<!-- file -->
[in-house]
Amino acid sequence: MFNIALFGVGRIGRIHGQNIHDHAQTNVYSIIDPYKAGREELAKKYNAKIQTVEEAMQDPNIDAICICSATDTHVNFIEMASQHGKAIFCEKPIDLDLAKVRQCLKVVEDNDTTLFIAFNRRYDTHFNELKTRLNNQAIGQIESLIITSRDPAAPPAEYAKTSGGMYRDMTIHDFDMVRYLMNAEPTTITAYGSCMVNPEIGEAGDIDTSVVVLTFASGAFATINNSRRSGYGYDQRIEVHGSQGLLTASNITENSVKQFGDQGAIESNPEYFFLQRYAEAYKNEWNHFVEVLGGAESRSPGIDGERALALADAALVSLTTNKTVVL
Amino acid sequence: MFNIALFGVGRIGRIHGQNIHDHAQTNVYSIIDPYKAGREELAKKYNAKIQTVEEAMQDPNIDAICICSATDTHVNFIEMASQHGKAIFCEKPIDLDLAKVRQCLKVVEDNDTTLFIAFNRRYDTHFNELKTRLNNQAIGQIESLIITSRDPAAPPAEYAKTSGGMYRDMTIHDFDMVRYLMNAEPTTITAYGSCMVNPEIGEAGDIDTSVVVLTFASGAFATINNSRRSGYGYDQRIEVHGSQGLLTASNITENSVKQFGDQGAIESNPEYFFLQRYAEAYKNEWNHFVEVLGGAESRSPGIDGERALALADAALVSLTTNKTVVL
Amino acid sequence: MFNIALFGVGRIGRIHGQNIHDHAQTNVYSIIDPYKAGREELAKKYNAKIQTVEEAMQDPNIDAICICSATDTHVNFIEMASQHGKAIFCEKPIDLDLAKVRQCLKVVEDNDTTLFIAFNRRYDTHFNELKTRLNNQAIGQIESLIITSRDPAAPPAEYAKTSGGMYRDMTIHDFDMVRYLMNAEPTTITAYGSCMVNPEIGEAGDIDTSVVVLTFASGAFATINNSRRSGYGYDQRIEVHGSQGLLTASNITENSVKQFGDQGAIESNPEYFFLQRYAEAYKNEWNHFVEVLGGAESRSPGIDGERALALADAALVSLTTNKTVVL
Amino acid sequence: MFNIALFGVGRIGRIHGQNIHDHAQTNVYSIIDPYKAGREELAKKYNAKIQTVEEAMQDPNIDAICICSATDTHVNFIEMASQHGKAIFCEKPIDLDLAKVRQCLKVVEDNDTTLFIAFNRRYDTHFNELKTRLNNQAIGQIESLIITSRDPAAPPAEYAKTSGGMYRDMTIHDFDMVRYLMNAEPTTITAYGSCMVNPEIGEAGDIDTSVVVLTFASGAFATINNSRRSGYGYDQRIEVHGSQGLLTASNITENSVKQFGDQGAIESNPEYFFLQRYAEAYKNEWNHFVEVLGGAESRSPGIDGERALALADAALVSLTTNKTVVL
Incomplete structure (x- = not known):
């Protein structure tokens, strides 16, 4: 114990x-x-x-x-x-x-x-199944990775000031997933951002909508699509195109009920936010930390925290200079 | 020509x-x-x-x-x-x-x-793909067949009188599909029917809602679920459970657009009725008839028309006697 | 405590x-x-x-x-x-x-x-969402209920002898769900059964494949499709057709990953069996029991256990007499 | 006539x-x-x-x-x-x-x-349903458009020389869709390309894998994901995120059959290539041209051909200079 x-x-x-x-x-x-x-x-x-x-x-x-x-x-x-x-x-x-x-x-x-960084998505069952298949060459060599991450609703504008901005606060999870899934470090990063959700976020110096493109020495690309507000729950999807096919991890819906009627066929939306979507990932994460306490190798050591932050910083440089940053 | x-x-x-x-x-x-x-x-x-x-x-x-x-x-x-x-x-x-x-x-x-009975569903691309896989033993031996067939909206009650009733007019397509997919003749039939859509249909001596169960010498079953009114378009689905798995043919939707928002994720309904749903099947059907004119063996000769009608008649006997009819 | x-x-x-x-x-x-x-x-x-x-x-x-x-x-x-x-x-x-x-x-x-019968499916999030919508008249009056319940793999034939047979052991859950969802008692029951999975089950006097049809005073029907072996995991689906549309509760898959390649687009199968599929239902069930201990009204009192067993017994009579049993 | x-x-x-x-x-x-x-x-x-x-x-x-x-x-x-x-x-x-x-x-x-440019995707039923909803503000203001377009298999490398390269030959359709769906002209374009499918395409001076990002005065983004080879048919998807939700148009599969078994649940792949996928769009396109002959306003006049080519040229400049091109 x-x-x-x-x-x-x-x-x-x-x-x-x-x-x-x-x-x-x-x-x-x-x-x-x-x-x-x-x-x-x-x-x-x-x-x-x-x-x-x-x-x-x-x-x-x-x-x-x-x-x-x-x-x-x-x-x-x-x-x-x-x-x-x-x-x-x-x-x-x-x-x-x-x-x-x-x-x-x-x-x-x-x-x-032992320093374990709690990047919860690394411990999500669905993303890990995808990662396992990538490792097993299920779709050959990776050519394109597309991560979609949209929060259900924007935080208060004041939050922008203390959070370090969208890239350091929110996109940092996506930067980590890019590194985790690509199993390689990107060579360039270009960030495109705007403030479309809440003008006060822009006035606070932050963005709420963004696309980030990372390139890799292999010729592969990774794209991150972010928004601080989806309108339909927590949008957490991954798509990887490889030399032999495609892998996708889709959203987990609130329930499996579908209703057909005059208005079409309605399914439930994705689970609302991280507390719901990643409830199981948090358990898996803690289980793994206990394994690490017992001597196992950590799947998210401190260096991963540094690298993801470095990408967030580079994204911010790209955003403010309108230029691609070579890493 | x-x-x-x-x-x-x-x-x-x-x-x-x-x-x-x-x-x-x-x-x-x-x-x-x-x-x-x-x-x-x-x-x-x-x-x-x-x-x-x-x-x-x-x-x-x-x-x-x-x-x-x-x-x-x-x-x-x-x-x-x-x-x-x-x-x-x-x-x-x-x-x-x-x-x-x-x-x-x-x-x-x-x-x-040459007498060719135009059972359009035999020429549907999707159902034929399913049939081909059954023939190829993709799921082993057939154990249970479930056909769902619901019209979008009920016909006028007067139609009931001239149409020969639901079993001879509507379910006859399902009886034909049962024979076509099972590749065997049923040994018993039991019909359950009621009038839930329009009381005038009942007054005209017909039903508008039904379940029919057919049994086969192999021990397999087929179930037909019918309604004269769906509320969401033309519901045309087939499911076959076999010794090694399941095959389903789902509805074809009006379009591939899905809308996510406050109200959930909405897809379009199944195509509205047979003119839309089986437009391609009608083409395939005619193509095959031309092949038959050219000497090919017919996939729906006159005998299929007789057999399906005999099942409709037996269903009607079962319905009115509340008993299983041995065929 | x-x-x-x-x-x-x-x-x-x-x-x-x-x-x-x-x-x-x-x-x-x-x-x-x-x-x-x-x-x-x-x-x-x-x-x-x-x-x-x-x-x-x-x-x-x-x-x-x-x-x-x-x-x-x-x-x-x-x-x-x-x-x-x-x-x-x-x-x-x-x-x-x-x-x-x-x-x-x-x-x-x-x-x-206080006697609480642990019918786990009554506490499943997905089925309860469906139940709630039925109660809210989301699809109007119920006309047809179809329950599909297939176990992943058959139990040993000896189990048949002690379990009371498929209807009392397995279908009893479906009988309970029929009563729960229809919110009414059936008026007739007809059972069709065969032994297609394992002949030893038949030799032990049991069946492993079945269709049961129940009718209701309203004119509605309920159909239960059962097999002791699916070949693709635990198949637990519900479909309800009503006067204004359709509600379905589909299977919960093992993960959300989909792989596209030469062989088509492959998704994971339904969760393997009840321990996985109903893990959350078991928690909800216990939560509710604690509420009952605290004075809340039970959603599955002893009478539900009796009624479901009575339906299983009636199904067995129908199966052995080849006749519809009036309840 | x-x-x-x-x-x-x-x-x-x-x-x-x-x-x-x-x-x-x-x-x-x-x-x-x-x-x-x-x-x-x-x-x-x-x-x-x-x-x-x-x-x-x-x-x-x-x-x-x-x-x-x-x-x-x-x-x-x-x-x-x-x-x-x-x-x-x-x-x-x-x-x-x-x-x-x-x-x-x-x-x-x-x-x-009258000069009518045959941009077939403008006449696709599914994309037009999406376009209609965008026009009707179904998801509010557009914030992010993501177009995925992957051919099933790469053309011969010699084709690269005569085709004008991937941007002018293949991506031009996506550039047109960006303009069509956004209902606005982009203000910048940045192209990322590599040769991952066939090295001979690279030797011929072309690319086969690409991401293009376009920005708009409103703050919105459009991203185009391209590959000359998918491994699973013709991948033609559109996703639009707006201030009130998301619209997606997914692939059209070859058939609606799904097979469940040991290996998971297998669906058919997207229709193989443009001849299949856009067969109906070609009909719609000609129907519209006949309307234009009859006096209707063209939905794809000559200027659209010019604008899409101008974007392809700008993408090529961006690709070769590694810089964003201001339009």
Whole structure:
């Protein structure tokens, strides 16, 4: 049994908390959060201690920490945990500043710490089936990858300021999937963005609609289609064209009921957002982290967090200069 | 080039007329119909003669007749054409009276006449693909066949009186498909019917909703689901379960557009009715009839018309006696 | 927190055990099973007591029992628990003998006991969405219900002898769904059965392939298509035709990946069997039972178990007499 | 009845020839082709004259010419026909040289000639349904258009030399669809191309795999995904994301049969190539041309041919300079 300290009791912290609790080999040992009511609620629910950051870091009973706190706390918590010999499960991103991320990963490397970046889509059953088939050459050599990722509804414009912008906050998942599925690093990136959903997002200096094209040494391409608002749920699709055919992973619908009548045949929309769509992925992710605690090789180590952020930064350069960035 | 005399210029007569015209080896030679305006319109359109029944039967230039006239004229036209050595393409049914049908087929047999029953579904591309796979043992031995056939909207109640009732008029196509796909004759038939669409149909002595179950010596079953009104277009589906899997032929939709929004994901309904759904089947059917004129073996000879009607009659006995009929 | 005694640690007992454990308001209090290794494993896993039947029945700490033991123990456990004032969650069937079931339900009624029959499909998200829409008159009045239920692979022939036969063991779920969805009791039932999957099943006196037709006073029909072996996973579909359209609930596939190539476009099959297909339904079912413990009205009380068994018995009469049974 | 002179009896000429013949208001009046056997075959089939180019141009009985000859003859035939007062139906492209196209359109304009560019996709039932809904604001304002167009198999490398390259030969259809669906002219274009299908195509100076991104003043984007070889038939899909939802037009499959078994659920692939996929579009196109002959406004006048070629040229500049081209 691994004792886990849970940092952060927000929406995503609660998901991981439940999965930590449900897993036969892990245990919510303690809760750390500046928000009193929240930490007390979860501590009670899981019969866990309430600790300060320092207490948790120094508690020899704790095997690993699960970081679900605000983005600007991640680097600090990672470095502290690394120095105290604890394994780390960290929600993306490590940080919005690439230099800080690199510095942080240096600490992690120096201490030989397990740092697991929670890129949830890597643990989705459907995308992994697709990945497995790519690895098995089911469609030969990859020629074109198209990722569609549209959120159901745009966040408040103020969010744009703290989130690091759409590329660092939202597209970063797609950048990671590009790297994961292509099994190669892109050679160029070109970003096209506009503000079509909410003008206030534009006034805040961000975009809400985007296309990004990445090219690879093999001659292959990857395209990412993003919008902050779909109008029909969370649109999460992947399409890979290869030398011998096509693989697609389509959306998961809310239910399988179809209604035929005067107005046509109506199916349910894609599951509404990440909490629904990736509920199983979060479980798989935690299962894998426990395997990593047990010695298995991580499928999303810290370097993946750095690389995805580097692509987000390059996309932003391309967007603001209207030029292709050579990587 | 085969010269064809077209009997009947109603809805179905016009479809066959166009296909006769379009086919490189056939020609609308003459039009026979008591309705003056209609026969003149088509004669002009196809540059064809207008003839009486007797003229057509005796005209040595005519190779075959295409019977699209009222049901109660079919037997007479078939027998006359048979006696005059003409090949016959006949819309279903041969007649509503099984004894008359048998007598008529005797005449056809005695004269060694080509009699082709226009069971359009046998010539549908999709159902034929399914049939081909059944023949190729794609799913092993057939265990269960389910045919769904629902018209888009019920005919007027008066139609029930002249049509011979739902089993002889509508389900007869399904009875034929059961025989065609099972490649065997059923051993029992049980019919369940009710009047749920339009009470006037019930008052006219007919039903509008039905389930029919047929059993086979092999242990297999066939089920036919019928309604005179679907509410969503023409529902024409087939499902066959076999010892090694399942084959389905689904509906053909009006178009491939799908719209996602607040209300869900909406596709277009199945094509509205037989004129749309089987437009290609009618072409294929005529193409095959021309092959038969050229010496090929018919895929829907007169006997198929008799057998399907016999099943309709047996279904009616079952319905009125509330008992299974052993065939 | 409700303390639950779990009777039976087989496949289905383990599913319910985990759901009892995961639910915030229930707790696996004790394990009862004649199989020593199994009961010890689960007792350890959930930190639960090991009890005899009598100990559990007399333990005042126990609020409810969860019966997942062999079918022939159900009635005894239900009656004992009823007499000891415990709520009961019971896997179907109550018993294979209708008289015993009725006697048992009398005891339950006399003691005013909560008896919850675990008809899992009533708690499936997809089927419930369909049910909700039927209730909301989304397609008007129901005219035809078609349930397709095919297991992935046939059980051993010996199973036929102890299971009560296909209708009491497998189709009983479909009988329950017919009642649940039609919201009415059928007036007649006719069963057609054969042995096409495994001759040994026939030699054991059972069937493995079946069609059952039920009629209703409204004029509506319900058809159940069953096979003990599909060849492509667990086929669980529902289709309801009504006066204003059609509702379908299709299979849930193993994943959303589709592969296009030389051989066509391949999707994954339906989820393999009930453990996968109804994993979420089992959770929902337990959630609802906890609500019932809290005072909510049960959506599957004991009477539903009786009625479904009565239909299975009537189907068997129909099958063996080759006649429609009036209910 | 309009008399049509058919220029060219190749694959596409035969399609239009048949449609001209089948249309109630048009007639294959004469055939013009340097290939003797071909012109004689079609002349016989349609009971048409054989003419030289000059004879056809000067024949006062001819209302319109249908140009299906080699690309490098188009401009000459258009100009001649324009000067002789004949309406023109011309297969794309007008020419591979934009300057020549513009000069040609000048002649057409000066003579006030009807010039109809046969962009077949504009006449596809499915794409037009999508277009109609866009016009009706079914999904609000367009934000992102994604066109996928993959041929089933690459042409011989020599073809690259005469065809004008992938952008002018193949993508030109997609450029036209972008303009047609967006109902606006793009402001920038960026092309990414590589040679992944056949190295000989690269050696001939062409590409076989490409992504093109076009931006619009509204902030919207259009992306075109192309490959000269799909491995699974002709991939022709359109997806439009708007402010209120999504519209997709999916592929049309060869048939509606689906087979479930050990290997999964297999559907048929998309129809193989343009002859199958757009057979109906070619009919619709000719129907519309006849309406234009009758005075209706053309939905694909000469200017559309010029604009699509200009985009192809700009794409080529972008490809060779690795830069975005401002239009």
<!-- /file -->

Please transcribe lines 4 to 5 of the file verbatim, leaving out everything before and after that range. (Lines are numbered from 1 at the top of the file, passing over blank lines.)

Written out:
Amino acid sequence: MFNIALFGVGRIGRIHGQNIHDHAQTNVYSIIDPYKAGREELAKKYNAKIQTVEEAMQDPNIDAICICSATDTHVNFIEMASQHGKAIFCEKPIDLDLAKVRQCLKVVEDNDTTLFIAFNRRYDTHFNELKTRLNNQAIGQIESLIITSRDPAAPPAEYAKTSGGMYRDMTIHDFDMVRYLMNAEPTTITAYGSCMVNPEIGEAGDIDTSVVVLTFASGAFATINNSRRSGYGYDQRIEVHGSQGLLTASNITENSVKQFGDQGAIESNPEYFFLQRYAEAYKNEWNHFVEVLGGAESRSPGIDGERALALADAALVSLTTNKTVVL
Amino acid sequence: MFNIALFGVGRIGRIHGQNIHDHAQTNVYSIIDPYKAGREELAKKYNAKIQTVEEAMQDPNIDAICICSATDTHVNFIEMASQHGKAIFCEKPIDLDLAKVRQCLKVVEDNDTTLFIAFNRRYDTHFNELKTRLNNQAIGQIESLIITSRDPAAPPAEYAKTSGGMYRDMTIHDFDMVRYLMNAEPTTITAYGSCMVNPEIGEAGDIDTSVVVLTFASGAFATINNSRRSGYGYDQRIEVHGSQGLLTASNITENSVKQFGDQGAIESNPEYFFLQRYAEAYKNEWNHFVEVLGGAESRSPGIDGERALALADAALVSLTTNKTVVL